Source. The bolded part is contained in the misquote above.

Morris was not speaking specifically of Robert Morris and the central bank he had proposed and financed in 1781, but of the wealthy gaining control of the government.

How about the bit about Robert Morris and the Bank of North America? Here again, the history is all wrong. Robert Morris was one of the wealthiest men in the American Colonies and basically financed the War of Independence. He served as Superintendent of Finance for the new nation under the Articles of Confederation from 1781 to 1784. (Gouverneur Morris served as assistant superintendent, by the way.)

Secretary of the Treasury Alexander Hamilton proposed there be a central bank for the new nation. Morris drafted legislation and submitted it to the Continental Congress. Named the Bank of North America, it was chartered by the Continental Congress in 1781 and opened the following year. Despite what the article says, the bank did not become insolvent, and in recent years has merged with Wachovia and later Wells Fargo.

As for Morris’ financial involvement, he had contributed 10,000 pounds of his own money to fund the Bank of Pennsylvania, which the Bank of North America superseded. As superintendent of finance, he also proposed using money loaned to America by France to finance the war as reserves for the central bank.

So, basically, the article gets Morris’ involvement in the Bank of North America and the bank’s later history all wrong. And misquotes a founding father as an extra bonus.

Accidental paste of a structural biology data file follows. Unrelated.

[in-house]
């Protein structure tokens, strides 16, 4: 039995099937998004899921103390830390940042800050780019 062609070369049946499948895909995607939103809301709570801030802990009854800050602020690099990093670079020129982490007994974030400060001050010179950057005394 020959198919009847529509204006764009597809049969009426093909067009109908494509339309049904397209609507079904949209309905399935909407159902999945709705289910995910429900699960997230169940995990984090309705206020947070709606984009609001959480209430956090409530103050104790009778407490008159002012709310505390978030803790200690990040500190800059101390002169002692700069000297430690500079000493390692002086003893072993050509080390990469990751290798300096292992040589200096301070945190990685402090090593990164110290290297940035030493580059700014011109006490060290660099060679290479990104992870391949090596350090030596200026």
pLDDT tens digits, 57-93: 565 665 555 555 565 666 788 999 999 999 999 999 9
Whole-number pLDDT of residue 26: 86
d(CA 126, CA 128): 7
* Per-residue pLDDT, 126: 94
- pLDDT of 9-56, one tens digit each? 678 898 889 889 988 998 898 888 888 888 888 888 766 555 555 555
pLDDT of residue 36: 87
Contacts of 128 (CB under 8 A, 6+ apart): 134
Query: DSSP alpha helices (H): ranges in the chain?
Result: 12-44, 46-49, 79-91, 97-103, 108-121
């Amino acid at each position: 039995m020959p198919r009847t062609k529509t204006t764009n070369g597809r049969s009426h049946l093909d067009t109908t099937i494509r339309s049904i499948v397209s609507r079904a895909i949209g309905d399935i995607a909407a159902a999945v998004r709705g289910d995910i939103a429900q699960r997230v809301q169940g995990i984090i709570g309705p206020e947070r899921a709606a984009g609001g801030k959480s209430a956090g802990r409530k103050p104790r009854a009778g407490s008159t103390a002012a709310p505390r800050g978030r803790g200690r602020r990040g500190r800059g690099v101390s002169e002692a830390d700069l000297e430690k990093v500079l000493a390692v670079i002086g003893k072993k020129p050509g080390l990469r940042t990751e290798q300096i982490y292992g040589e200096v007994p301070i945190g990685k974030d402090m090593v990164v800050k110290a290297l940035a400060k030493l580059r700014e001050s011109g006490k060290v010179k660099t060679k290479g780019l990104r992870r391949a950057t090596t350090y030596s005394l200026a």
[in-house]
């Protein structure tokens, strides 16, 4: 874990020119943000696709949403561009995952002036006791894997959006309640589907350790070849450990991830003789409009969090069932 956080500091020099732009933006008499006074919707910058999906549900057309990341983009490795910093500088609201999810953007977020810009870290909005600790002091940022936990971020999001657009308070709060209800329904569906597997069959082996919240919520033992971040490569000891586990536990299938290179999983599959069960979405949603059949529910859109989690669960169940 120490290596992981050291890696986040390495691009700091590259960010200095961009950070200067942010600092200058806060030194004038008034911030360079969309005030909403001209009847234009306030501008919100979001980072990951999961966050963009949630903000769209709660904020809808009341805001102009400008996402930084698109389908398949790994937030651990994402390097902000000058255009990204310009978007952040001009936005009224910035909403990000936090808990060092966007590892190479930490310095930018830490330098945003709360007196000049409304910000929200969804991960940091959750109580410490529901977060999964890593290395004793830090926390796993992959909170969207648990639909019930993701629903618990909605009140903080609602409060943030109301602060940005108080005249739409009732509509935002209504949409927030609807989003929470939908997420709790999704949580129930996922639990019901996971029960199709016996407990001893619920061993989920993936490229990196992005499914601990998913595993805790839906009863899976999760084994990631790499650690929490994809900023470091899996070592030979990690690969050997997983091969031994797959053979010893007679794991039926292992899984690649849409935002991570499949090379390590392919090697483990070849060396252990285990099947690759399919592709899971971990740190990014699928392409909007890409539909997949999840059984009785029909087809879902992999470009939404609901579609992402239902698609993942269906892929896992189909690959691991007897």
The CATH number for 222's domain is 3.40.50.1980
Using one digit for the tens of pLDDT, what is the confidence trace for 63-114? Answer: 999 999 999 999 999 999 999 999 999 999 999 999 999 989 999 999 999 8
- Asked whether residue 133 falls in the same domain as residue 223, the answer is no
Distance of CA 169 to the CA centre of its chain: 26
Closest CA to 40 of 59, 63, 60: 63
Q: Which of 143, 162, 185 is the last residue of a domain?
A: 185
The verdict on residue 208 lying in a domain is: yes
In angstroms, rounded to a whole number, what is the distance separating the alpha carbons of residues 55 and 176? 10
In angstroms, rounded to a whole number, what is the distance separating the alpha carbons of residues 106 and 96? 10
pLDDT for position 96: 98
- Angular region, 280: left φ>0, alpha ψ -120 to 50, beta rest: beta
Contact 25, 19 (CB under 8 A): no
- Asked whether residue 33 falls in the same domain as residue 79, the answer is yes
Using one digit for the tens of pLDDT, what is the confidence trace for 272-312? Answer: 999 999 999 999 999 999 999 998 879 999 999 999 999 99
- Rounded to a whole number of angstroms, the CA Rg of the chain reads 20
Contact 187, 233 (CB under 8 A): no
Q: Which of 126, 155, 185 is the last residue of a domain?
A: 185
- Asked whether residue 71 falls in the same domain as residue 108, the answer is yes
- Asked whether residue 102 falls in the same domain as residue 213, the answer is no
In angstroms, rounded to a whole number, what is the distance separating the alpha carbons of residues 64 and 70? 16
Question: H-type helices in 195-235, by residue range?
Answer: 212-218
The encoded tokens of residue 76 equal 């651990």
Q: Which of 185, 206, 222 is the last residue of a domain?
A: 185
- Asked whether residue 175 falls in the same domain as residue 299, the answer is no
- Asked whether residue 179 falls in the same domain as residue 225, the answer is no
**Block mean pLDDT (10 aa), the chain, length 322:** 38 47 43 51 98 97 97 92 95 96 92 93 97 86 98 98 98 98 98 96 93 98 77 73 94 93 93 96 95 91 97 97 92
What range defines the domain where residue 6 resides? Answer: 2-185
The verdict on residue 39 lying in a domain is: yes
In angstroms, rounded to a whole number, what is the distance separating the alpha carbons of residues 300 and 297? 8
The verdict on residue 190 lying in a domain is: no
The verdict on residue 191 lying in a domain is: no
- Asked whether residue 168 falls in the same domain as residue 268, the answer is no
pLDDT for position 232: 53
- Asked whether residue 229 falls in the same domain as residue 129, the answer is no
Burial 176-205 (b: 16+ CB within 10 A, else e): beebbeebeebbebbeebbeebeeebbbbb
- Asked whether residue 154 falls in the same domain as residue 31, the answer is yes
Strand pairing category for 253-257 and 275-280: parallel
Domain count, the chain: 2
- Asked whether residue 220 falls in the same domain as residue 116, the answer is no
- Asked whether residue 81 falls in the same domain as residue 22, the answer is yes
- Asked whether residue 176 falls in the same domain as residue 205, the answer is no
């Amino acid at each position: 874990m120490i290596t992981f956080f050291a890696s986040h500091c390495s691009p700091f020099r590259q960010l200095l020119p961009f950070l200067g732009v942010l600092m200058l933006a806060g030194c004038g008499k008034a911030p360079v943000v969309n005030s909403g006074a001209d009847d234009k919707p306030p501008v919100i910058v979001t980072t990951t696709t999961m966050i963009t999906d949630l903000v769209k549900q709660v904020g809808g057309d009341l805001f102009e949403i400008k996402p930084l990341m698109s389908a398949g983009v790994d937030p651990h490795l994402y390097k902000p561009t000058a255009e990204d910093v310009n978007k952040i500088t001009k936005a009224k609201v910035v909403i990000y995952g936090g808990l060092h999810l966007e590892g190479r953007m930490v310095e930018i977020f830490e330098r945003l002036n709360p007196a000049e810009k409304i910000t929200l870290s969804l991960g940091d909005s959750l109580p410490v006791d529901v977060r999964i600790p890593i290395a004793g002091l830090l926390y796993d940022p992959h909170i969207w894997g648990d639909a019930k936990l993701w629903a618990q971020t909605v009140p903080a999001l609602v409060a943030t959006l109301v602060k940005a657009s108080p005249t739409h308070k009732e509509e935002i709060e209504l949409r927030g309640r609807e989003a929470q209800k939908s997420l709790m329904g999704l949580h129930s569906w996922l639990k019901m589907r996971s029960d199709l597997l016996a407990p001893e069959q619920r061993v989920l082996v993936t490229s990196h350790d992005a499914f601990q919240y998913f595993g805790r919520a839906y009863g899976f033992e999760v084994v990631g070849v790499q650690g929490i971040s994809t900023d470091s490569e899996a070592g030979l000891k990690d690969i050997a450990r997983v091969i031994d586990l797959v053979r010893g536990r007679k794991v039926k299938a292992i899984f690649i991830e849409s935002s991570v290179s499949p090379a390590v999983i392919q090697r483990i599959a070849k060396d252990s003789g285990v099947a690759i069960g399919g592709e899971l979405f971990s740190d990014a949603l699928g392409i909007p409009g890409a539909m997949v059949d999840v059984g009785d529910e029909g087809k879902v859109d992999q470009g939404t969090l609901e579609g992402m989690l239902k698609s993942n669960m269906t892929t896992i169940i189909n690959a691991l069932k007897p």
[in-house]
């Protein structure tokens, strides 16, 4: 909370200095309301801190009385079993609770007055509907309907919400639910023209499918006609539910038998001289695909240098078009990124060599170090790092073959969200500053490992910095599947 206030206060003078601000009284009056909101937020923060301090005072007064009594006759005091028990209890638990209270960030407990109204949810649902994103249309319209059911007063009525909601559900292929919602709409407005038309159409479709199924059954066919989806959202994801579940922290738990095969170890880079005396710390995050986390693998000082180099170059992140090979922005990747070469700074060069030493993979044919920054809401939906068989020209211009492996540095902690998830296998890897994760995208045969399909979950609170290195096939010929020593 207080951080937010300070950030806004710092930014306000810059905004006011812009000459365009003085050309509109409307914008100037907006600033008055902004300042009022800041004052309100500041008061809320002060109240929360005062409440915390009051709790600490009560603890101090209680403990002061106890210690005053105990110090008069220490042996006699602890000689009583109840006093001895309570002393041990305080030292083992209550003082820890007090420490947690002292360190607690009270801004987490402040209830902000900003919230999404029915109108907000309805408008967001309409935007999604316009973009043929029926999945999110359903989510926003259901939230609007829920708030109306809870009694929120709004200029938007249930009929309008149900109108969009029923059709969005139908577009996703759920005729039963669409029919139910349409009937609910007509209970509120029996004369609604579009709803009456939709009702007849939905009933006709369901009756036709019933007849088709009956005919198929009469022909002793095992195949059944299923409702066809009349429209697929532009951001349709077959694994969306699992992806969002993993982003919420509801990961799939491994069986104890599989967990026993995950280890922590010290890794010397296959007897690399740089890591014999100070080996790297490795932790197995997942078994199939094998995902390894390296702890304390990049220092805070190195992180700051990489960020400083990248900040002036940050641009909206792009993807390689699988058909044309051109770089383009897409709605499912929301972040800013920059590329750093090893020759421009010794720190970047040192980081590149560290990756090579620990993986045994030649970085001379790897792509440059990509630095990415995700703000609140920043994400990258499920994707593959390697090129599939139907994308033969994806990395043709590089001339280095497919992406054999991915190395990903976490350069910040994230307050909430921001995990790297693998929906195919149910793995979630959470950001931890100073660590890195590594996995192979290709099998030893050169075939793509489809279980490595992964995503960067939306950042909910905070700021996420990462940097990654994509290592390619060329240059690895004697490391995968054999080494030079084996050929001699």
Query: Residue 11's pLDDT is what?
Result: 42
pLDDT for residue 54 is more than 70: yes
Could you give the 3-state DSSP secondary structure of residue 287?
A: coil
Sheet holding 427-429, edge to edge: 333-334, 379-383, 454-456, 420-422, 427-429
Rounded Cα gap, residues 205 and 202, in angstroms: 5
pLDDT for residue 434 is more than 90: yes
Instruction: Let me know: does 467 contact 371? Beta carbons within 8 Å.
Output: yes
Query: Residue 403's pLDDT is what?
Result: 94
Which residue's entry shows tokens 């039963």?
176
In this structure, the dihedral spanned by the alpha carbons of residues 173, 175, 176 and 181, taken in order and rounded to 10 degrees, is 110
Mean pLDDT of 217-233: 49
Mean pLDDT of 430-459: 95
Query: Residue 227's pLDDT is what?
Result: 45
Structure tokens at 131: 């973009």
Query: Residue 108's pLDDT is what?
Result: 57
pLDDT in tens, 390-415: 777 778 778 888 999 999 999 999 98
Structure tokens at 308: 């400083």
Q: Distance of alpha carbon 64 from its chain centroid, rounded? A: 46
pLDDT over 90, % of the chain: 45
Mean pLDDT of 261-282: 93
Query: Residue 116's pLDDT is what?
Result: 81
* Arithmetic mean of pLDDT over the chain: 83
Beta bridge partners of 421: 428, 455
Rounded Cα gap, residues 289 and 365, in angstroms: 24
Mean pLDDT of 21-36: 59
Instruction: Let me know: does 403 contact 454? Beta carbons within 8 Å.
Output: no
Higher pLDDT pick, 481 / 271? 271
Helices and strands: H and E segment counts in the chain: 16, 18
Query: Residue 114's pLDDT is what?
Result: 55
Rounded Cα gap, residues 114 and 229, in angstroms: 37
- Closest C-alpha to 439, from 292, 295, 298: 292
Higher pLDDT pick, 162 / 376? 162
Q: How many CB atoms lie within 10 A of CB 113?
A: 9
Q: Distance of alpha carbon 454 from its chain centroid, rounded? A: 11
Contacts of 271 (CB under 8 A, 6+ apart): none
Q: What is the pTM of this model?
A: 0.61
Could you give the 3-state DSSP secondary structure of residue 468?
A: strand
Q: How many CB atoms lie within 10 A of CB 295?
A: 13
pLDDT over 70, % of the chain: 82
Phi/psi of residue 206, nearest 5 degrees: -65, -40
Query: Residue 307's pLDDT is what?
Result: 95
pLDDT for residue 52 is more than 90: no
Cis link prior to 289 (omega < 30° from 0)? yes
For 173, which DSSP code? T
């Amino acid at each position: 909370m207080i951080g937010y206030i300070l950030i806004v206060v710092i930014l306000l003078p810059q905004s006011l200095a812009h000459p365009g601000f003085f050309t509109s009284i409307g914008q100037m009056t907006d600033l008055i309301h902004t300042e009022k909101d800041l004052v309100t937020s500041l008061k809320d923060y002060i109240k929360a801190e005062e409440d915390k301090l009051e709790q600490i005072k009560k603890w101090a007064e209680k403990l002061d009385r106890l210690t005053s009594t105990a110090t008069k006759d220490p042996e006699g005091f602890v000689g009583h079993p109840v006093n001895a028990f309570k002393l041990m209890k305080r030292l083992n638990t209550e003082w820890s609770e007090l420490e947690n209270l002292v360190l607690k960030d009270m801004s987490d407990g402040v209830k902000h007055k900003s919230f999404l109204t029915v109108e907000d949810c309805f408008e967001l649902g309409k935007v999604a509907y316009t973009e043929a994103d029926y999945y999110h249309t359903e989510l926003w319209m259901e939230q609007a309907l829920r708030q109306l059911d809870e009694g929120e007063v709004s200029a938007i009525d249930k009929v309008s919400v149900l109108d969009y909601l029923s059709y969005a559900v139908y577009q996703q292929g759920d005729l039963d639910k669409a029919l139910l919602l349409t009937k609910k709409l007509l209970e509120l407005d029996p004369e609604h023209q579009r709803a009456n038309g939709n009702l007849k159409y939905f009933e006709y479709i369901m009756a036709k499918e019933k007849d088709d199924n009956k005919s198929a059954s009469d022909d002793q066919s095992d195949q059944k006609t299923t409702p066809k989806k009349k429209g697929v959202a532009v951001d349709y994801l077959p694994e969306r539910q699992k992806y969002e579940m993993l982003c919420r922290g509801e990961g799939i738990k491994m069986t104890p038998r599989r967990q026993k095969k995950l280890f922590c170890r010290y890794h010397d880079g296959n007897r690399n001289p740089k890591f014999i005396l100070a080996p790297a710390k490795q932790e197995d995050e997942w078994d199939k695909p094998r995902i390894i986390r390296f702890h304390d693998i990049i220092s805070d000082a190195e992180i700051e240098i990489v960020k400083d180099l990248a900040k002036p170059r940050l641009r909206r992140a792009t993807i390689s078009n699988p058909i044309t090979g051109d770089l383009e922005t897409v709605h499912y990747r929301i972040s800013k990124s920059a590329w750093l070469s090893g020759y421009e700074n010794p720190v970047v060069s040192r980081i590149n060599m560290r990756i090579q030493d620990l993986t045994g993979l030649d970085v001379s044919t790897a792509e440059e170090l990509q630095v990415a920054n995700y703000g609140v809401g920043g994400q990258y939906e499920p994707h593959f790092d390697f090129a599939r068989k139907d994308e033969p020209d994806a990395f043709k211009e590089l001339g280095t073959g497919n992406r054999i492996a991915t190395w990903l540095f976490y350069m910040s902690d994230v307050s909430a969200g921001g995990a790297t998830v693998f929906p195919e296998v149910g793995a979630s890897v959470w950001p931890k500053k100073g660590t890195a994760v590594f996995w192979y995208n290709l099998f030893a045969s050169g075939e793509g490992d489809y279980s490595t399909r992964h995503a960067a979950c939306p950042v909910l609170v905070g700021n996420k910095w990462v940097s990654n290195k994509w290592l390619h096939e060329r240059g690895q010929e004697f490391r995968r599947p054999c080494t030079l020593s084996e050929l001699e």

The article goes on about the role of the Rothschilds in European wars, the centralization of banking in the USA around the time of the Civil War, and more stuff you’ll likely find in any website focusing on the Illuminati, the Bilderberg group and Jewish bankers. In short, it’s unreliable.

That’s my point here. It’s all well and good to promulgate an alternative form of money, free from centralized control by banks or governments — a people’s currency, as it were. But the reasons for creating such a currency should be grounded in reality and a deep understanding of economic history, not on the fanatical delusions of conspiracy theorists, amateur historians and quote-miners. Central banks serve a useful purpose as a brake on wild fluctuations in money markets. Some regulation is beneficial. No regulation is usually not. Take for example the money crunch and mortgage crisis in the last decade, which bank deregulation under the Reagan administration helped create.

Bitcoinists cite the “free market” as the guiding light for their chosen currency. Yet, even the “father” of free market economics, Adam Smith, recognized the need for regulation and government control, because people can get greedy, businesses can form cartels to set prices artificially high, or big companies can become monopolies. Smith was a capitalist, but he was also a realist.

So, I’ll play around with bitcoin and its pals, if only for amusement and maybe making some money, but I don’t see it replacing regular money any time soon. The rationale for it is inherently flawed, and its future as a completely unregulated form of money will be short-lived.

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2 thoughts on “Bitcoiners’ dubious sense of economic history

  1. Reply David Hochman Jan 3,2014 8:41 pm

    Oh, man, those pseudo-historians skewered by a comp lit guy!

  2. Reply John Wheaton Jan 4,2014 10:26 pm

    I know something about early American history. More than they do, anyway.